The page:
Although the requirements for T lymphocyte homing to lymph nodes (LNs) are well studied, much less is known about the requirements for T lymphocyte locomotion within LNs. Imaging of murine T lymphocyte migration in explanted LNs using two-photon laser-scanning fluorescence microscopy provides an opportunity to systematically study these requirements. We have developed a closed system for imaging an intact LN with controlled temperature, oxygenation, and perfusion rate. Naive T lymphocyte locomotion in the deep paracortex of the LN required a perfusion rate of > 13 μm/s and a partial pressure of O2 (pO2) of > 7.4%. Naive T lymphocyte locomotion in the subcapsular region was 38% slower and had higher turning angles and arrest coefficients than naive T lymphocytes in the deep paracortex. T lymphocyte activation decreased the requirement for pO2, but also decreased the speed of locomotion in the deep paracortex. Although CCR7-/- naive T cells displayed a small reduction in locomotion, systemic treatment with pertussis toxin reduced naive T lymphocyte speed by 59%, indicating a contribution of Gαi-mediated signaling, but involvement of other G protein-coupled receptors besides CCR7. Receptor knockouts or pharmacological inhibition in the adenosine, PG/lipoxygenase, lysophosphatidylcholine, and sphingosine-1-phosphate pathways did not individually alter naive T cell migration. These data implicate pO2, tissue architecture, and G-protein coupled receptor signaling in regulation of naive T lymphocyte migration in explanted LNs.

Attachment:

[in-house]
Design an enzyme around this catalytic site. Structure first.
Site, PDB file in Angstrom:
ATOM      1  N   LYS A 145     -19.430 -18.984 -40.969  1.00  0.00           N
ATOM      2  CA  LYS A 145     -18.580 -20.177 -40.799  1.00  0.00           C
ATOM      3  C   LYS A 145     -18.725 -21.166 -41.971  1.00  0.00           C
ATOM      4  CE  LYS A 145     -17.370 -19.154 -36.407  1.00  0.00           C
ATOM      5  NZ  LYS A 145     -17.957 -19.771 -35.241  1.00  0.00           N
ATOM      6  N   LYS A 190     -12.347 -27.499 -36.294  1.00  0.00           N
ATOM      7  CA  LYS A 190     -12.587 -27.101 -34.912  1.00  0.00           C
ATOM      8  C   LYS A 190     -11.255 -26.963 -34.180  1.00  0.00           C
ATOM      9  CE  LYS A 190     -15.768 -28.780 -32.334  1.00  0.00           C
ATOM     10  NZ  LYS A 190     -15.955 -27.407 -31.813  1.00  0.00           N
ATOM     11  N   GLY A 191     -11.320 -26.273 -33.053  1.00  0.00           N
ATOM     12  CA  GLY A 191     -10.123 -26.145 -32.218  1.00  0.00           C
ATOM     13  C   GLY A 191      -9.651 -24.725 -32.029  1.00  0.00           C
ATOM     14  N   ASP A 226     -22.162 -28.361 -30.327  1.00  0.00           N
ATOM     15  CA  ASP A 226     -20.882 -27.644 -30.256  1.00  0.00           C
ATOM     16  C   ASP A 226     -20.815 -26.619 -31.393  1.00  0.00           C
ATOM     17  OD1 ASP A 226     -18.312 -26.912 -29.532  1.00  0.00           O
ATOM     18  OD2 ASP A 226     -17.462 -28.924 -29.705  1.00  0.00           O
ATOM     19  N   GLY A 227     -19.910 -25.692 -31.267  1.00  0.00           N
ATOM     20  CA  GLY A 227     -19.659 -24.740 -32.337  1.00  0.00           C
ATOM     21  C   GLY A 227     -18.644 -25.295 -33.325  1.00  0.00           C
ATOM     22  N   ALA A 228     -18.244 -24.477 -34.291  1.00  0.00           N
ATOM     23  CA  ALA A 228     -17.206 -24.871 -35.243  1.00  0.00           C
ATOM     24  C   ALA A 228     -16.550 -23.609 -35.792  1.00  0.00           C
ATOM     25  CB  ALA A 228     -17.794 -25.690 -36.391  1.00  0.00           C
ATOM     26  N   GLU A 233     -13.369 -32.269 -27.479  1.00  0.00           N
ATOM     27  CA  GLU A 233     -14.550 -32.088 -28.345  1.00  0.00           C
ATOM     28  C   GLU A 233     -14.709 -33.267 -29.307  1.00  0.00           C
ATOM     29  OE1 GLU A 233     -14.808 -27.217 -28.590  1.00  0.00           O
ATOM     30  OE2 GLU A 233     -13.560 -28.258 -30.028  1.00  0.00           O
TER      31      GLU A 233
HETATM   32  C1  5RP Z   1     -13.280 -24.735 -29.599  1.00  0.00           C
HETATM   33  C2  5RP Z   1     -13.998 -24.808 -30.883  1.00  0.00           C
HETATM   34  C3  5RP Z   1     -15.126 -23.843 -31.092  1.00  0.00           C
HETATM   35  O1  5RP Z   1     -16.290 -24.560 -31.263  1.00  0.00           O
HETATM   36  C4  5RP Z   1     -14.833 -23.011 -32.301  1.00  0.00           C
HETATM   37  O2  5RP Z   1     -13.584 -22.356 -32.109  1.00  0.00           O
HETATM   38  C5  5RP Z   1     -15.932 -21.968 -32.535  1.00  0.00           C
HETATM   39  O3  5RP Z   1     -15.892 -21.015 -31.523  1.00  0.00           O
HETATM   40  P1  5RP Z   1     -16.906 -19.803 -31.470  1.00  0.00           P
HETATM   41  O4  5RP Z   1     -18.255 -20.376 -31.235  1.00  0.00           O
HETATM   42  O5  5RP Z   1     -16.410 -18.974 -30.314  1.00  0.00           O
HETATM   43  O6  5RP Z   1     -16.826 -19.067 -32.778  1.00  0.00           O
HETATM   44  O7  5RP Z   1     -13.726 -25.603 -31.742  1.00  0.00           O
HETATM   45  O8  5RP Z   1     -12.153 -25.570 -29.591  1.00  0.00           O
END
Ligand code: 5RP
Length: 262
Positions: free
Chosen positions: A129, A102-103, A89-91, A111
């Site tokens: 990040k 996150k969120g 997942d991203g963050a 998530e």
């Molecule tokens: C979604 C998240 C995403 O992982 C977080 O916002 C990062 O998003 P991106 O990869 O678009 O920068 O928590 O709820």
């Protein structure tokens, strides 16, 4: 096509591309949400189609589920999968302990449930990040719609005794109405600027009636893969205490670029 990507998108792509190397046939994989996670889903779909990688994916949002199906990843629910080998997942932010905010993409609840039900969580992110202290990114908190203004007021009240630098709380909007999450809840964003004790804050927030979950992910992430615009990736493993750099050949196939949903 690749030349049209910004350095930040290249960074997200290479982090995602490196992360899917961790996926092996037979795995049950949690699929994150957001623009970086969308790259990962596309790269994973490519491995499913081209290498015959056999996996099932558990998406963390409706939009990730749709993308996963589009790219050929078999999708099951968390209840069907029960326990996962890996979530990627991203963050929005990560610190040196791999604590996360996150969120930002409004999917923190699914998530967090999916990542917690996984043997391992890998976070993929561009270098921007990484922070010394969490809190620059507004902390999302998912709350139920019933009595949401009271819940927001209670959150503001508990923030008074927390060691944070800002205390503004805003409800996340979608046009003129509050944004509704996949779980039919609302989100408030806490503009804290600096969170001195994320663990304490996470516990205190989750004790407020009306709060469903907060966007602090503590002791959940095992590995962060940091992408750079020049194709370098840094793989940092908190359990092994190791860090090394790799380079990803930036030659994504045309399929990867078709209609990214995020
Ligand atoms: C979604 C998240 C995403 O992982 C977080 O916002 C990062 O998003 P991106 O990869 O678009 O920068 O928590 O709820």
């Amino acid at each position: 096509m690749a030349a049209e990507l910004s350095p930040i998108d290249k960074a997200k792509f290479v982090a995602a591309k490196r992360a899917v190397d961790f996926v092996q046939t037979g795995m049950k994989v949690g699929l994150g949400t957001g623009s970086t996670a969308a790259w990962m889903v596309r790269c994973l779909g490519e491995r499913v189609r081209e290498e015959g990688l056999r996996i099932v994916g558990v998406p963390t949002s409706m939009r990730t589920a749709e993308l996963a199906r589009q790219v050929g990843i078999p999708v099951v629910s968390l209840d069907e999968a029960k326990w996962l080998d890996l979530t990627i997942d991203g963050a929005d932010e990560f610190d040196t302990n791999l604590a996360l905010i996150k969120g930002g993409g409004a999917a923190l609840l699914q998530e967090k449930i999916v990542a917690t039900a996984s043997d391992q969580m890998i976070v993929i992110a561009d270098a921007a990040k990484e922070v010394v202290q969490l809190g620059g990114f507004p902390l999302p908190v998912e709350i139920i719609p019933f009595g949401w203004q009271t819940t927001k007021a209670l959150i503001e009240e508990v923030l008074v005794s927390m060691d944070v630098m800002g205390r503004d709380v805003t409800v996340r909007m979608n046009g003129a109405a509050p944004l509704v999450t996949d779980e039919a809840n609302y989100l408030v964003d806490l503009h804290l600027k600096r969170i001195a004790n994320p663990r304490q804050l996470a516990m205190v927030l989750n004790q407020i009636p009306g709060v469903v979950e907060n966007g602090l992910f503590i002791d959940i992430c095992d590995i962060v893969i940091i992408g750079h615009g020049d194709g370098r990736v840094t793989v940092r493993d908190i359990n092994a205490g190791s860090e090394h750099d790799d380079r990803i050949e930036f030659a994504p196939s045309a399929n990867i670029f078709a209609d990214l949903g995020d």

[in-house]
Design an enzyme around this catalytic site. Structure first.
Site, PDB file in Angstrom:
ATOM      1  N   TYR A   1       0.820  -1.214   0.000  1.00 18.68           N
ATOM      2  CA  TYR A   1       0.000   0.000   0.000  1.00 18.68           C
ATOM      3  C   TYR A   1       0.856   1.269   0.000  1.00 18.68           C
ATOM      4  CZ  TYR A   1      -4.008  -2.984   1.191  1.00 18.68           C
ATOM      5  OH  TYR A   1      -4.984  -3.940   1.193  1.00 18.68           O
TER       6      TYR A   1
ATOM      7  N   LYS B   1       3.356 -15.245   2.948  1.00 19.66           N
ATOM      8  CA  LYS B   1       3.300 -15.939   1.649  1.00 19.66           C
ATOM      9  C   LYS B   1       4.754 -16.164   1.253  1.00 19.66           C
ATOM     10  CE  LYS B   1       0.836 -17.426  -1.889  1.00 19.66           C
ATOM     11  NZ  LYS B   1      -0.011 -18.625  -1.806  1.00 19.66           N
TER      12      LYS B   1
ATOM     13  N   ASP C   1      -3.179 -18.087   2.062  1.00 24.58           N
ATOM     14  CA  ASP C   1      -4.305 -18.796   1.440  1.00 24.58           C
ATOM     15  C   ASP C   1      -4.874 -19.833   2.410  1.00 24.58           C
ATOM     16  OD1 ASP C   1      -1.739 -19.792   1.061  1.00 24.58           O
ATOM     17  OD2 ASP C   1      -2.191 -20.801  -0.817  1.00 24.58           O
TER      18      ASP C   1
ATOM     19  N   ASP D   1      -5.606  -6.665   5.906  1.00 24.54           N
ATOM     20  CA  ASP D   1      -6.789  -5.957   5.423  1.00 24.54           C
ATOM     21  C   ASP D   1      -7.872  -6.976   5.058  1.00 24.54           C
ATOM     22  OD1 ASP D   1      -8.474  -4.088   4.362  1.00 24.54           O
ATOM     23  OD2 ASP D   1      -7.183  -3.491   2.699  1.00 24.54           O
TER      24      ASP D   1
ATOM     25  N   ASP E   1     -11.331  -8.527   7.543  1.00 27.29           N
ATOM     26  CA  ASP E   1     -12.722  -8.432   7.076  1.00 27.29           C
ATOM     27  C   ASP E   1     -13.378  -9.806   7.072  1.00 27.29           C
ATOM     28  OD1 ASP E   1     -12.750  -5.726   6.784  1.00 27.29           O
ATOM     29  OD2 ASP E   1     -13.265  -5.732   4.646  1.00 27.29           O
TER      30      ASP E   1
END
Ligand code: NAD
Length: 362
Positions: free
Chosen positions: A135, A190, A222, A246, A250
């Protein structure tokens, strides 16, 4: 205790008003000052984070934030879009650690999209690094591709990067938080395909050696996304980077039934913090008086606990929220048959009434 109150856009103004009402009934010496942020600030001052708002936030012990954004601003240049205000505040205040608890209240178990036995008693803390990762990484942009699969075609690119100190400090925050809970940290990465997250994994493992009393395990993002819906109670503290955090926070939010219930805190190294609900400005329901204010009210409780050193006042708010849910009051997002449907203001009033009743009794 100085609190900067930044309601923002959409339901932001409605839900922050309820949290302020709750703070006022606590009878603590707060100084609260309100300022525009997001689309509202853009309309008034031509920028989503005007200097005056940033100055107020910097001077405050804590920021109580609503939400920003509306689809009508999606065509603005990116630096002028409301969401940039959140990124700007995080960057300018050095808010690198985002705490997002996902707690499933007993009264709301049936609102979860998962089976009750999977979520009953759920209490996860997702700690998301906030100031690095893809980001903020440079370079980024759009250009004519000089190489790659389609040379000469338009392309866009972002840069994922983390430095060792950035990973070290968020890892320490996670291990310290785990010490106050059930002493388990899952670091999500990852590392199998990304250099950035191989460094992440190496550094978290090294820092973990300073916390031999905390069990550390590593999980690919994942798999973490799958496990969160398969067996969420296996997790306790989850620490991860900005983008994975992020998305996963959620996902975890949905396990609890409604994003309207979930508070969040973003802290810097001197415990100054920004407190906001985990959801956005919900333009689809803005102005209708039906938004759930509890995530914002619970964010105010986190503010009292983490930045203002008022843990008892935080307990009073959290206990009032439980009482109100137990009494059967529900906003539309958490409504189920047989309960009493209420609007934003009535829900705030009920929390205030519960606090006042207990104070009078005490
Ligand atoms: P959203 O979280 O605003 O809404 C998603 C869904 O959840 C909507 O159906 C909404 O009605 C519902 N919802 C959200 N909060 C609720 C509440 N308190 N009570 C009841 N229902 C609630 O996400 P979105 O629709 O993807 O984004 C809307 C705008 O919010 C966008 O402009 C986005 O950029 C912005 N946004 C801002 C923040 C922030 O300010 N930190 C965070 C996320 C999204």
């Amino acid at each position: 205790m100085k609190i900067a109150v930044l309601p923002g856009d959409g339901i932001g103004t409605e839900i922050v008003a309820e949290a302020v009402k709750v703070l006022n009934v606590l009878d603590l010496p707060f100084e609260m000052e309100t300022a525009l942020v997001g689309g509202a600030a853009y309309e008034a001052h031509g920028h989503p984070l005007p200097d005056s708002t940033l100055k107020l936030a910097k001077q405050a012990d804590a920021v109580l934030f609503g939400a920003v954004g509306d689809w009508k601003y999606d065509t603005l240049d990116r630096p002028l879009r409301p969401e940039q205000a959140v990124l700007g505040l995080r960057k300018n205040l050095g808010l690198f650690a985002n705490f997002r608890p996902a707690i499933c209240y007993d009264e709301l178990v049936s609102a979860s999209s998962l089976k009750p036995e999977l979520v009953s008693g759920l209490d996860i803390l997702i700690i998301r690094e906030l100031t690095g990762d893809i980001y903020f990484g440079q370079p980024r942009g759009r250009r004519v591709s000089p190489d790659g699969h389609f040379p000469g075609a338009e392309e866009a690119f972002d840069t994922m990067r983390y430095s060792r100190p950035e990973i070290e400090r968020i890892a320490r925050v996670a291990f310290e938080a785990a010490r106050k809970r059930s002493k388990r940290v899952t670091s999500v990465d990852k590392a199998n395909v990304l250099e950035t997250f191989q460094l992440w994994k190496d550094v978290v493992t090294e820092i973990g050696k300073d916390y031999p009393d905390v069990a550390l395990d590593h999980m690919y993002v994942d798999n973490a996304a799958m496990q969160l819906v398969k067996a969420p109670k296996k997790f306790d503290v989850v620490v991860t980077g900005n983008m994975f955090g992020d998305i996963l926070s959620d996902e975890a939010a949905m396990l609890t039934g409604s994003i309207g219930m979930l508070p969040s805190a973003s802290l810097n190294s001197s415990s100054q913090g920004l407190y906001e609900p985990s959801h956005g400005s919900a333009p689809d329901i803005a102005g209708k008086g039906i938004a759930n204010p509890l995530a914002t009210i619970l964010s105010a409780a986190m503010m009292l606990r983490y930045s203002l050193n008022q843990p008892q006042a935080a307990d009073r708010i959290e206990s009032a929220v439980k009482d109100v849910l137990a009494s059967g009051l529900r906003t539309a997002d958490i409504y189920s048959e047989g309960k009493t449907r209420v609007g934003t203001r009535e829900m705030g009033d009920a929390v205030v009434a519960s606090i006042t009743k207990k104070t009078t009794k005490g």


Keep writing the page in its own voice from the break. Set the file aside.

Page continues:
ASJC Scopus subject areas
- Immunology and Allergy